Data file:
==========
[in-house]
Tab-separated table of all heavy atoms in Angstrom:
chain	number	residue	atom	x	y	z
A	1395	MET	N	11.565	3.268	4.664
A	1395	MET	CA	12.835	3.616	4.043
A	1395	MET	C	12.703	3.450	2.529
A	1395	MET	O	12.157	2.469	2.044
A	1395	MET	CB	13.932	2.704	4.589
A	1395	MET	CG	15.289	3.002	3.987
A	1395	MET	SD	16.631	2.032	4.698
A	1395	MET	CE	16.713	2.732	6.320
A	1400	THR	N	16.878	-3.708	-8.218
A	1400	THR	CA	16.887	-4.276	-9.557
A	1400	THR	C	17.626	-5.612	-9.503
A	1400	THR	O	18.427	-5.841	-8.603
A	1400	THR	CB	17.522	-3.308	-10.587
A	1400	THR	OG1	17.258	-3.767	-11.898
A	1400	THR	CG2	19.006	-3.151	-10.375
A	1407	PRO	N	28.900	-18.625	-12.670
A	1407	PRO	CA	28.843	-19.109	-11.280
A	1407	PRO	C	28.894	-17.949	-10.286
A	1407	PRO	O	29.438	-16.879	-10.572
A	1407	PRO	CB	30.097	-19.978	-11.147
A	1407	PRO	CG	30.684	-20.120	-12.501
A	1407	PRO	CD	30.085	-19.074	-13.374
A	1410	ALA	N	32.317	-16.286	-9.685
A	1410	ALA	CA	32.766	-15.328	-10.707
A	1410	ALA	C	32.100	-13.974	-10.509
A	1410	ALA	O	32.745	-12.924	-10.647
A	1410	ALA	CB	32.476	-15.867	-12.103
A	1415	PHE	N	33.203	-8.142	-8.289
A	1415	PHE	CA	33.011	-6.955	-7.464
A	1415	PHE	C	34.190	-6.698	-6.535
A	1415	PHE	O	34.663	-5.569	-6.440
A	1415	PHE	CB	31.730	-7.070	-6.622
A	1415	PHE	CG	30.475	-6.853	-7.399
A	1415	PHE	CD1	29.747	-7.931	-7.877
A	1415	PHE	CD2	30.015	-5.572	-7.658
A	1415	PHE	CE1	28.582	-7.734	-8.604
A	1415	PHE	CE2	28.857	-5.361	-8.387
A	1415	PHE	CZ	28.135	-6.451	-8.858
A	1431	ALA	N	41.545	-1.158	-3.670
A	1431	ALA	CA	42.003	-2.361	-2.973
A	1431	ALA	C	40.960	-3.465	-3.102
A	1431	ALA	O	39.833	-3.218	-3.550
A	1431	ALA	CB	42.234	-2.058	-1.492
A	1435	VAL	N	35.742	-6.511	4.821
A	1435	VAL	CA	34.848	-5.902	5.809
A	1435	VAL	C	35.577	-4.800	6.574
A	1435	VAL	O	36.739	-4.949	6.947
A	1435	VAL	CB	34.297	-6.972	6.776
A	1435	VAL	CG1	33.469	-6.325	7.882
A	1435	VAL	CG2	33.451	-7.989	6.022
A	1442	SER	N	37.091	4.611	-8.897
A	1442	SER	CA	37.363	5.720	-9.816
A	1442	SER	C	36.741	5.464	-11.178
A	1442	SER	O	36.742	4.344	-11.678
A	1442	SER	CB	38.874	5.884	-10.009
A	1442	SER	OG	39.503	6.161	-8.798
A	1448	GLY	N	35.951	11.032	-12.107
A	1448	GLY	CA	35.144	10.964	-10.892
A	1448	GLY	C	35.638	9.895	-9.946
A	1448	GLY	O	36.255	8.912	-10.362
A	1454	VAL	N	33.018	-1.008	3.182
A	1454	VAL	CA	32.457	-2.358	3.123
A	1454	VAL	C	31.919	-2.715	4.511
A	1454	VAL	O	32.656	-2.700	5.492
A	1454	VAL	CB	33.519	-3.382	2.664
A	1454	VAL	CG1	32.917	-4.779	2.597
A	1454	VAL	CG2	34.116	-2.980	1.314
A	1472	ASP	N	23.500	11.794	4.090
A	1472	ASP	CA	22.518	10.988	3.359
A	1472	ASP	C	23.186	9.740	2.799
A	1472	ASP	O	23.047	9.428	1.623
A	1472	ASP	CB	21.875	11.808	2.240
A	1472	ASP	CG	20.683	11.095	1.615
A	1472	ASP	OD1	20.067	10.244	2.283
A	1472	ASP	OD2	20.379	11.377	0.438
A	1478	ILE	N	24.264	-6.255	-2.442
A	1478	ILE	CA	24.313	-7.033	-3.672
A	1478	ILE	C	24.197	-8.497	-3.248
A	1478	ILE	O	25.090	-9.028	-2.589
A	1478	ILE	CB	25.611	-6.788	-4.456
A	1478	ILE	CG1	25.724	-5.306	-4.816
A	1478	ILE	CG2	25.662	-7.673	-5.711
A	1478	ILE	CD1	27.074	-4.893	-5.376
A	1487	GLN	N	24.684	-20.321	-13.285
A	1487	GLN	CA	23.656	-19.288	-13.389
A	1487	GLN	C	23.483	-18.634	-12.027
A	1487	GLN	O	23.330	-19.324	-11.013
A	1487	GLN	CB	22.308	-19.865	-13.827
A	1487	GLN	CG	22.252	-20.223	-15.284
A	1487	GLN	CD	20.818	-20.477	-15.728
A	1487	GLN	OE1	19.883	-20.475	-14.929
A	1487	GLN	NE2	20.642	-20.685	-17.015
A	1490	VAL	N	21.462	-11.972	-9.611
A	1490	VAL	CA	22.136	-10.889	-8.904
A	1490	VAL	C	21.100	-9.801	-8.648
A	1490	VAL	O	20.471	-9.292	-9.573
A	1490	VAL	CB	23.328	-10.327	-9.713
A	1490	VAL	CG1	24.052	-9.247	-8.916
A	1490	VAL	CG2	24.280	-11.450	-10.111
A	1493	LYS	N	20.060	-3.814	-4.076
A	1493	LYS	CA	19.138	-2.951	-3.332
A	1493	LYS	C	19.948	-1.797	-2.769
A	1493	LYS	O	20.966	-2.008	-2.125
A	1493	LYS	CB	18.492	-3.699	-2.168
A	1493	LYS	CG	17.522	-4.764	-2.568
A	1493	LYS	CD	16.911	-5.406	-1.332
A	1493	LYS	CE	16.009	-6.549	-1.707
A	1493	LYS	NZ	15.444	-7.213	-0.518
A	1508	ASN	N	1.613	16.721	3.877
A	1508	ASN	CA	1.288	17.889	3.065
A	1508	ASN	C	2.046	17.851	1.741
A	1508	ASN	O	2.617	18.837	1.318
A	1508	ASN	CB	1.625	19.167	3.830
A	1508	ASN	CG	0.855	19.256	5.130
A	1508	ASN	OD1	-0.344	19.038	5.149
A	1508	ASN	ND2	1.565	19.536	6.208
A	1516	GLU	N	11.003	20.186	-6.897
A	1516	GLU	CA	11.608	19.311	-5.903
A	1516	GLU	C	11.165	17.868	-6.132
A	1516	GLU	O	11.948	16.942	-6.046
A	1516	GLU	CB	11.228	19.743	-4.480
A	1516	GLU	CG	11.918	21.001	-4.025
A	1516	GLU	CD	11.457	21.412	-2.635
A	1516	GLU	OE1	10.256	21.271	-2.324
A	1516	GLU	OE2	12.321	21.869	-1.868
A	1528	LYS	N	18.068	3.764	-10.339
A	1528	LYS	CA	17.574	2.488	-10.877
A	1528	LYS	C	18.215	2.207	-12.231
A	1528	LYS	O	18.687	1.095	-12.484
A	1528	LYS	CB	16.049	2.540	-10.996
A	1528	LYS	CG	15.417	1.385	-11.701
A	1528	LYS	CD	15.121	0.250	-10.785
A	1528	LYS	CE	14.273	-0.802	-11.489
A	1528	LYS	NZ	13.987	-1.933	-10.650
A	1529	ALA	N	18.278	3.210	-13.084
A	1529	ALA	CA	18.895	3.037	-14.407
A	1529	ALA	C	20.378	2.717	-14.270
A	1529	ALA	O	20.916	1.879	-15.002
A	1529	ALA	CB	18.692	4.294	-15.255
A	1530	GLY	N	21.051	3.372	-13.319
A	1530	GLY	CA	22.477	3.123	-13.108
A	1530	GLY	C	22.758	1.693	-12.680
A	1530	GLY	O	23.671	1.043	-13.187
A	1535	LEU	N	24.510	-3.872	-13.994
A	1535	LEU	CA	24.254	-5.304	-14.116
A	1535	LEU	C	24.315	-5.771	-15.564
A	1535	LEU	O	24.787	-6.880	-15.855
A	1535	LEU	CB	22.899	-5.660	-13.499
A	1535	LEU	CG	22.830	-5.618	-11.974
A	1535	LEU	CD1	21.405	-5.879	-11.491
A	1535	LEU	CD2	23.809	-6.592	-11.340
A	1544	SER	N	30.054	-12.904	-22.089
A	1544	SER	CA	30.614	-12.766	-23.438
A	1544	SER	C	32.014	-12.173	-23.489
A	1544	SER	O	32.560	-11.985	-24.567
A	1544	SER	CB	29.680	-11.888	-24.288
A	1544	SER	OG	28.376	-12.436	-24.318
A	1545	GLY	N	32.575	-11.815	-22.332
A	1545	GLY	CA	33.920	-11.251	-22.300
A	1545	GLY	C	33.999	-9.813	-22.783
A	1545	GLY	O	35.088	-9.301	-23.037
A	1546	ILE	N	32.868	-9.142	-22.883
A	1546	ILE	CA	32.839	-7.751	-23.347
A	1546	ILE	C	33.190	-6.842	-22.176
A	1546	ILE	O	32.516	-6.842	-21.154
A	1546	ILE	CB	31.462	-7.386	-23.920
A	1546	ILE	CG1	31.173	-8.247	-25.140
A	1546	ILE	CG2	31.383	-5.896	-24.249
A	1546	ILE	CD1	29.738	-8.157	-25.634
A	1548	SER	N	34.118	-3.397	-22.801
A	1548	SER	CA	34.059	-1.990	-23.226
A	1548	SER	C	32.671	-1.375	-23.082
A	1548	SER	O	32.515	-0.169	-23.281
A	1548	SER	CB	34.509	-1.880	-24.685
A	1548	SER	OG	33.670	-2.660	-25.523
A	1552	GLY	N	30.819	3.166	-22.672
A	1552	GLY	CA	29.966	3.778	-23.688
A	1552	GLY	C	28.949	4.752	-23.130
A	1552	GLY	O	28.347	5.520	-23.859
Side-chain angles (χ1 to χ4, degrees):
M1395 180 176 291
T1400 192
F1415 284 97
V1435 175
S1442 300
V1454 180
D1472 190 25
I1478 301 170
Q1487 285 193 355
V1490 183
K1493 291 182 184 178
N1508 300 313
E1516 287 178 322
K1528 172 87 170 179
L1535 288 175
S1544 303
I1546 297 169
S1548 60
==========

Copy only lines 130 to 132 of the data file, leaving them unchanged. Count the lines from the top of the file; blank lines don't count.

A	1528	LYS	CA	17.574	2.488	-10.877
A	1528	LYS	C	18.215	2.207	-12.231
A	1528	LYS	O	18.687	1.095	-12.484